Fantastic Finish Makes Phelan NCAA 1,500-Meter Champion

Fantastic Finish Makes Phelan NCAA 1,500-Meter Champion

Provided by U of M

June 10, 2017

» Jaimie Phelan went from last to first over the final 400 meters to claim the NCAA Outdoor Championships title at 1,500 meters in 4:13.78 by .02 -- the second-closest race in the event's history at NCAAs.

» Phelan's title is the first won by a Michigan woman at 1,500 meters, the first by a Big Ten woman in the event since 1995, and the first by U-M in any event since 2009.

» Gina Sereno placed 15th overall in the 5,000 meters final, bring her season to a close with just a single loss to her name.

Site: Eugene, Ore. (Hayward Field)

Event: NCAA Outdoor Championships

U-M Team Result: Tie-21st Place (10 Points)

Next U-M Event: Season completed

EUGENE, Ore. -- On the strength of a final 400 meters inside Historic Hayward Field on Saturday (June 10) that will go down in University of Michigan history, Jaimie Phelan now stands alone in the storied women's track and field record book as the program's very first NCAA outdoor champion at 1,500 meters.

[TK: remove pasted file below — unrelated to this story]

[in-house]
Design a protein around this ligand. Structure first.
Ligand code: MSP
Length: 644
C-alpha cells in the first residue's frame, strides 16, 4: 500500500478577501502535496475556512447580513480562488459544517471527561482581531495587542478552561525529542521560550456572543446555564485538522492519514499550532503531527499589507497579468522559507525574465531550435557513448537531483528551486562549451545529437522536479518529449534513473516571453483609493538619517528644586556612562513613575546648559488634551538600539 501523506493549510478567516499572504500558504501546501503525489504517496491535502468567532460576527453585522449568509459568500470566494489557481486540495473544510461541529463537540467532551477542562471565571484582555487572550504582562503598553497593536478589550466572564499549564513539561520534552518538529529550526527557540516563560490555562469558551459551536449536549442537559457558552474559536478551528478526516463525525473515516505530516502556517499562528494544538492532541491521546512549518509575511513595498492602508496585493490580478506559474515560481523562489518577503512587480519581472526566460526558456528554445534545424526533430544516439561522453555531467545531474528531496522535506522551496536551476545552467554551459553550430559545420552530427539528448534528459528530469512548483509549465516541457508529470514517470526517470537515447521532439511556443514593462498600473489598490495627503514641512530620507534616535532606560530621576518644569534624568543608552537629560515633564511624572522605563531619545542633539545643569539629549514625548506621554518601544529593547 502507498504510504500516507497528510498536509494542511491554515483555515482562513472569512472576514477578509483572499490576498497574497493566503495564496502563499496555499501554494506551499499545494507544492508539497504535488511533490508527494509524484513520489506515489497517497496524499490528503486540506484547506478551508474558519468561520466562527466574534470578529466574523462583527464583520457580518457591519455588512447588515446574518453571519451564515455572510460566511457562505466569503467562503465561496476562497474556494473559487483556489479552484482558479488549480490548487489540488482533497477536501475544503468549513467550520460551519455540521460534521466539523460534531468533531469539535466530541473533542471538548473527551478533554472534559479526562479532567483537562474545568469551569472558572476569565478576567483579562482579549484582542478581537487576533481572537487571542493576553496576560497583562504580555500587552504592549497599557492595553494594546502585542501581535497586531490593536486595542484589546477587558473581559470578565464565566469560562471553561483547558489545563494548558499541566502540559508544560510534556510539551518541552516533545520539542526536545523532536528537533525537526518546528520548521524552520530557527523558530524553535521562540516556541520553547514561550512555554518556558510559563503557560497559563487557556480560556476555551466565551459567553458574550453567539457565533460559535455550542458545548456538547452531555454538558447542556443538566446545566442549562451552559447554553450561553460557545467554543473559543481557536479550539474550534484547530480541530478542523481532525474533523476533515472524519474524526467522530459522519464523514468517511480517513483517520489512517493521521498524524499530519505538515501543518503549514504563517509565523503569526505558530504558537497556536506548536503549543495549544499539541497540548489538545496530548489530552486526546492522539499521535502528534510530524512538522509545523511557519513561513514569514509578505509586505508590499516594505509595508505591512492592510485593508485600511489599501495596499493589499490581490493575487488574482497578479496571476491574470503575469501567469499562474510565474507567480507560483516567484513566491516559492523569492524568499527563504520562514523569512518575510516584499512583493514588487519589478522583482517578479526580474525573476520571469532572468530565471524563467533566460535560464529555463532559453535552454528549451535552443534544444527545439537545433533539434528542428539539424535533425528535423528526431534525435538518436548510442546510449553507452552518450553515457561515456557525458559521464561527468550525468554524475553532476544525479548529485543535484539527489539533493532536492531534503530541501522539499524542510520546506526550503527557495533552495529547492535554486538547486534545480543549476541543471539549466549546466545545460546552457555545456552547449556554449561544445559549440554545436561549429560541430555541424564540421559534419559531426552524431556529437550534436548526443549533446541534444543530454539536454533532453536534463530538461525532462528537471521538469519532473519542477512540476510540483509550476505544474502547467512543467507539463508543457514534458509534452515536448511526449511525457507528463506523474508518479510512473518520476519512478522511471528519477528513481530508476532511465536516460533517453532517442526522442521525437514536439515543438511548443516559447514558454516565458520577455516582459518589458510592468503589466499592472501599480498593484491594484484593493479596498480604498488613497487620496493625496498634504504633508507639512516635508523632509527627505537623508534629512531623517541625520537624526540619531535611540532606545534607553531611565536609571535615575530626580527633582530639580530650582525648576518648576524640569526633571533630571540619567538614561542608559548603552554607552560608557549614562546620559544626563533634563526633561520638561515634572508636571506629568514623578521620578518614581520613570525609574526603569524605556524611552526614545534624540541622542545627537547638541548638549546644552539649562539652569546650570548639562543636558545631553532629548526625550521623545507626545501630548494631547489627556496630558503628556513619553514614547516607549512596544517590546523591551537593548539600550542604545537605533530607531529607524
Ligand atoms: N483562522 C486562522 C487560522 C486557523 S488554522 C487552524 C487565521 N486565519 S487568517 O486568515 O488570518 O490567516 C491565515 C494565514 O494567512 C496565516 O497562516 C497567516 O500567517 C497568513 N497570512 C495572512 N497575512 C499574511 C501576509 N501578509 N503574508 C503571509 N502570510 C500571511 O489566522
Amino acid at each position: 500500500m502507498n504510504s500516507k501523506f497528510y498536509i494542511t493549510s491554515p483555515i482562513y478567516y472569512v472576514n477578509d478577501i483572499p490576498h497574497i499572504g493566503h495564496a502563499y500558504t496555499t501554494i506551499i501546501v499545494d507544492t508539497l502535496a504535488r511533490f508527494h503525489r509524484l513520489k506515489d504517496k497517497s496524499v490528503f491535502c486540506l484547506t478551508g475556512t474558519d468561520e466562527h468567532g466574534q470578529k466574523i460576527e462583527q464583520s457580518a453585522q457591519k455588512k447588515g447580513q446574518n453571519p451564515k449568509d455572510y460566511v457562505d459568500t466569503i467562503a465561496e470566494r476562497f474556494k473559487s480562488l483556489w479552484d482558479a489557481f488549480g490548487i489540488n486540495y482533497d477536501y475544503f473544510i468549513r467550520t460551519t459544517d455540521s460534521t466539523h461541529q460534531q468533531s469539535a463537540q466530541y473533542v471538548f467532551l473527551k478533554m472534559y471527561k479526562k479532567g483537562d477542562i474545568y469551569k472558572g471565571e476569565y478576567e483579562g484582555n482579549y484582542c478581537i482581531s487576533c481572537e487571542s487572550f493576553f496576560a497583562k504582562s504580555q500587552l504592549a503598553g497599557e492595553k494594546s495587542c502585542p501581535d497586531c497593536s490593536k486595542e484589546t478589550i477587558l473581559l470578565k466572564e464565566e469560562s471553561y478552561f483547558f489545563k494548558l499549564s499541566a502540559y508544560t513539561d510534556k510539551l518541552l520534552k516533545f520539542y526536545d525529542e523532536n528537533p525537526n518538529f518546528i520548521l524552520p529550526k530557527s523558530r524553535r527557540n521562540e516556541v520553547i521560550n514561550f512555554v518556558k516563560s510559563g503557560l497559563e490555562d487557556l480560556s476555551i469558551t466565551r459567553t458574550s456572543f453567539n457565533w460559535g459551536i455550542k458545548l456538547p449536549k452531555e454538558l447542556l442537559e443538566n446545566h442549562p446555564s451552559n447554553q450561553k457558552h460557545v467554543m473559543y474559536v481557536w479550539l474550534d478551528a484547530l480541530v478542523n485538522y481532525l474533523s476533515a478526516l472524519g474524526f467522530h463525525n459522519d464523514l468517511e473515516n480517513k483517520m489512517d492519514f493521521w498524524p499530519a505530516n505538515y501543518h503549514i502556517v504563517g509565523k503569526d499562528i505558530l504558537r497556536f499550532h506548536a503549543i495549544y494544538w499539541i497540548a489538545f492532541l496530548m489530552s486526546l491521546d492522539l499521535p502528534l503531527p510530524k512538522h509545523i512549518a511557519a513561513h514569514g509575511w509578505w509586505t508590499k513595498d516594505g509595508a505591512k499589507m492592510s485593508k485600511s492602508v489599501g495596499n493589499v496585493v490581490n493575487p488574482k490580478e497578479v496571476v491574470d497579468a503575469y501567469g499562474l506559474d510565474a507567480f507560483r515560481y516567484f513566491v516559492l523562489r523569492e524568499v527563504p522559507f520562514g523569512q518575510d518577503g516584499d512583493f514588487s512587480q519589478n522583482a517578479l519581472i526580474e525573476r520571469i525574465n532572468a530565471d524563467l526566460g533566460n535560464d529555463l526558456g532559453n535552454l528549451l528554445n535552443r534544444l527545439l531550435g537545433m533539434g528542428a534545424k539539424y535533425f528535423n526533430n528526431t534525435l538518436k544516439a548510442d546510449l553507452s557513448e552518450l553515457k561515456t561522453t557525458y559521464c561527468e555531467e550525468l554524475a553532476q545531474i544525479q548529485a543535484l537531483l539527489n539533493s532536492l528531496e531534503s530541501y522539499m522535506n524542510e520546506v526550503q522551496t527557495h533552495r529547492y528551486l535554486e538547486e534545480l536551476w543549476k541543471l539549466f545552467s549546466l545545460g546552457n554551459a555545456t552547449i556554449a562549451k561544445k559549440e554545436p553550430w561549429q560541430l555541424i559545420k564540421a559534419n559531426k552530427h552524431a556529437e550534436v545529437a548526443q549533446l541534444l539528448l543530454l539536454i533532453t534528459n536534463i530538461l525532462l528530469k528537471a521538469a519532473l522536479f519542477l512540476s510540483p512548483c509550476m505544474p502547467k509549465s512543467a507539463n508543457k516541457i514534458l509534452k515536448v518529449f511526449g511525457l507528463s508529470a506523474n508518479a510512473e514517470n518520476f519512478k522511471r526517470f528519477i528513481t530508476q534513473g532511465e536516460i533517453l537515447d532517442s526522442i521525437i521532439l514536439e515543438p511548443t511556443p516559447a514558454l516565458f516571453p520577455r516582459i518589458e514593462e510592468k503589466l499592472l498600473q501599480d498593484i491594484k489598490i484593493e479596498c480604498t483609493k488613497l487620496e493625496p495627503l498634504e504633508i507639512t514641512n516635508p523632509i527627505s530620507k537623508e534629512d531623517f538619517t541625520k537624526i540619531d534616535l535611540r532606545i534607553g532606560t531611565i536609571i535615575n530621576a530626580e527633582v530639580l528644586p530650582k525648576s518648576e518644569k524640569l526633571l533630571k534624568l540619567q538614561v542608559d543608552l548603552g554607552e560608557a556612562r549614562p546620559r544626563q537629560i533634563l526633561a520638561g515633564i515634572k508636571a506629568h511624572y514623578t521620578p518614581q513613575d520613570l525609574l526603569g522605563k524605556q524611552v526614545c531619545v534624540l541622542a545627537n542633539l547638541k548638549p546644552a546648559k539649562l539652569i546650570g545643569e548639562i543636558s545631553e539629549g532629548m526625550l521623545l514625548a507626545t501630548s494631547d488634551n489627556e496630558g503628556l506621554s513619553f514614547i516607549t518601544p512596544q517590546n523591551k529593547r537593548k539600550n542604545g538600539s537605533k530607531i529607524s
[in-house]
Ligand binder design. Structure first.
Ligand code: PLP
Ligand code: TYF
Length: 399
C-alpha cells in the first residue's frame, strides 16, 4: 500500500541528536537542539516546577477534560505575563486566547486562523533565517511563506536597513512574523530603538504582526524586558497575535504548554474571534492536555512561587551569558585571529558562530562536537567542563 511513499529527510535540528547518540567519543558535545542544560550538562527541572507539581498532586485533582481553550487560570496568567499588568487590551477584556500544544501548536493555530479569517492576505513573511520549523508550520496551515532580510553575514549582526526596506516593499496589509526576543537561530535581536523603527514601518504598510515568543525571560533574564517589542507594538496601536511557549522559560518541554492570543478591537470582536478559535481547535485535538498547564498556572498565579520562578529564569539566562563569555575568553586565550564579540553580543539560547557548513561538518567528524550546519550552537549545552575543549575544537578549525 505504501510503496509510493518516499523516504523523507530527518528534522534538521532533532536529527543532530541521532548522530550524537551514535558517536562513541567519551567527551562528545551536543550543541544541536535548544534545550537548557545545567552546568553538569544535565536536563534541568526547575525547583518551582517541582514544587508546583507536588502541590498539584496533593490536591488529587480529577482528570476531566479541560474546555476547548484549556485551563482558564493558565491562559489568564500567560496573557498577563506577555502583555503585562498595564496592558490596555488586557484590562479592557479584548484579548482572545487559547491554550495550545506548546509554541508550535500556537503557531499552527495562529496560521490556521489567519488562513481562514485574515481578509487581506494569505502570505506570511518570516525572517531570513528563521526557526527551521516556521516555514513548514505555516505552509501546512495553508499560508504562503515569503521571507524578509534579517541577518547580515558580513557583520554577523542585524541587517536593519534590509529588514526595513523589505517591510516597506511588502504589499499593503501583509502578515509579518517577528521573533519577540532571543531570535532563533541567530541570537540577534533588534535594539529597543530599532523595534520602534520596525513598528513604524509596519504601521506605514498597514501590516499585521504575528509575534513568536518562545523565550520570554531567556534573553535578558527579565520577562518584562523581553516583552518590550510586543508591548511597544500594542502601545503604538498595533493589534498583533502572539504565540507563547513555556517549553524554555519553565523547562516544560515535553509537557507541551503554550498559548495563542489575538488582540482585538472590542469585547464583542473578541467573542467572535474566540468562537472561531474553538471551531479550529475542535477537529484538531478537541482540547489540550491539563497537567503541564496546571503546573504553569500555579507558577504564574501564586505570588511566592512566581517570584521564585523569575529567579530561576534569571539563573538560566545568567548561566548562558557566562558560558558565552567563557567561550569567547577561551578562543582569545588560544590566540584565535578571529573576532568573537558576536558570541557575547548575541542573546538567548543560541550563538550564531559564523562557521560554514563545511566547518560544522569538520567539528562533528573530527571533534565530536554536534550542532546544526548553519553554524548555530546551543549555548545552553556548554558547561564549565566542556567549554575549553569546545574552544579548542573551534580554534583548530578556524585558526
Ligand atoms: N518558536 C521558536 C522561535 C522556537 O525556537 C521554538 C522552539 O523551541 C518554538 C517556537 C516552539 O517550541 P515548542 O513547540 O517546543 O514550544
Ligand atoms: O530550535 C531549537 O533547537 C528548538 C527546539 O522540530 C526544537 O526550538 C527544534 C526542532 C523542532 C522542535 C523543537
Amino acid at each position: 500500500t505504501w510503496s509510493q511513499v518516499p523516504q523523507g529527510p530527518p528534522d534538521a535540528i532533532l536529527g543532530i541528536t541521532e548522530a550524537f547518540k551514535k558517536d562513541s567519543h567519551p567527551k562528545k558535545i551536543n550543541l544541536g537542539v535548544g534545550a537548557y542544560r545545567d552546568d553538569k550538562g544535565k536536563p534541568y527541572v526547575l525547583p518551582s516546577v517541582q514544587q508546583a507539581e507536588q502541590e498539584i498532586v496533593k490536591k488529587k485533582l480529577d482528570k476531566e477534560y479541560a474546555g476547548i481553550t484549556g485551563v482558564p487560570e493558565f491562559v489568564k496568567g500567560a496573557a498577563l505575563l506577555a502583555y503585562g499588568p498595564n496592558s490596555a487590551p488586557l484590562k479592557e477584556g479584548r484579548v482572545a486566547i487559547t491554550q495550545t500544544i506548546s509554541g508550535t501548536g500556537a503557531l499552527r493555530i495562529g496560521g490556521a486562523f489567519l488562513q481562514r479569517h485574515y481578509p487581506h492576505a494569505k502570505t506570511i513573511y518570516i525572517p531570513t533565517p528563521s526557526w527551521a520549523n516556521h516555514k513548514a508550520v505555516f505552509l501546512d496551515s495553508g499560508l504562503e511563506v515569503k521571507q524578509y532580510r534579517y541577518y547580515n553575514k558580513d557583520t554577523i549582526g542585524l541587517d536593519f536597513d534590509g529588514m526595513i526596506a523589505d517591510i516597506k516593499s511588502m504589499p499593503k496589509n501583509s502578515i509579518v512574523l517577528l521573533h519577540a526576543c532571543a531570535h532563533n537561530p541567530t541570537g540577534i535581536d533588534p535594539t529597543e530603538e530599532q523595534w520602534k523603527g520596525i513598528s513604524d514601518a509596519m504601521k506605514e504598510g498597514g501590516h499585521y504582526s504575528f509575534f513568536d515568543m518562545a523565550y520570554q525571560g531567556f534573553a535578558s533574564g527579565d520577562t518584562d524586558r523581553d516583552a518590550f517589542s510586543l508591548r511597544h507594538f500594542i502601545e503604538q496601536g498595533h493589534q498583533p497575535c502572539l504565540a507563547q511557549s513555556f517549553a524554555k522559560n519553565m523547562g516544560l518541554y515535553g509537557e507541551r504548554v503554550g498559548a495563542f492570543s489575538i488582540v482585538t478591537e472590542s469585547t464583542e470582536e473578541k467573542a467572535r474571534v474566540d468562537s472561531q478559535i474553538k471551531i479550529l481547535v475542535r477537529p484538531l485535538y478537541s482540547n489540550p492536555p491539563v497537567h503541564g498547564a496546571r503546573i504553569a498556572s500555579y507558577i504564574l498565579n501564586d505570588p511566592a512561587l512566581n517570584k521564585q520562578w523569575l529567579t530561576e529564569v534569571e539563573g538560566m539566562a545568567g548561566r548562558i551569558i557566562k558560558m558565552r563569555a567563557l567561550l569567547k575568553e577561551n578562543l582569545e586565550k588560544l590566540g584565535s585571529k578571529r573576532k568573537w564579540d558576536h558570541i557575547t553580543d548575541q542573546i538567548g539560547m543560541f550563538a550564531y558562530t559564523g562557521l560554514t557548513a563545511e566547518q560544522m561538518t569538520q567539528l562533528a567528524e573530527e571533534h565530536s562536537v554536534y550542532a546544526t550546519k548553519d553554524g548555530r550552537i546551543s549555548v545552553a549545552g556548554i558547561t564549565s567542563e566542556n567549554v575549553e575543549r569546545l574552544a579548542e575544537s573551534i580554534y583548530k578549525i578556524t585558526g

Crossing the line at the bell with one lap to go as the very last woman in the 12-runner field, the junior summoned the full extent of what the locals call "Hayward Magic" over the final quarter-mile and passed three former national champions to claim the national title with the second-narrowest margin of victory in meet history -- .02 of a second -- in 4:13.78.

Only 61.62 seconds elapsed over the course of those final 400 meters, including a decisive surge on the backstretch with 300 meters to go that catapulted her from 11th to first, and a final straightaway blanket finish that saw Phelan in lane one just barely edge out Nikki Hiltz of Arkansas in lane four.

Never before Saturday had any Wolverine finished better than fourth in the NCAA Championships 1,500-meter final, with the most recent being Shannon Osika a year ago. Not since Amy Wickus of Wisconsin took the title in 1995 has any Big Ten school claimed the national crown in the metric mile.

With the victory Phelan earned 10 points for the Wolverines in the team standings as they finished tied for 21st overall with six other teams, including Big Ten team champion Purdue. Among Big Ten teams, only Indiana finished higher, in a tie for 19th with 11 points.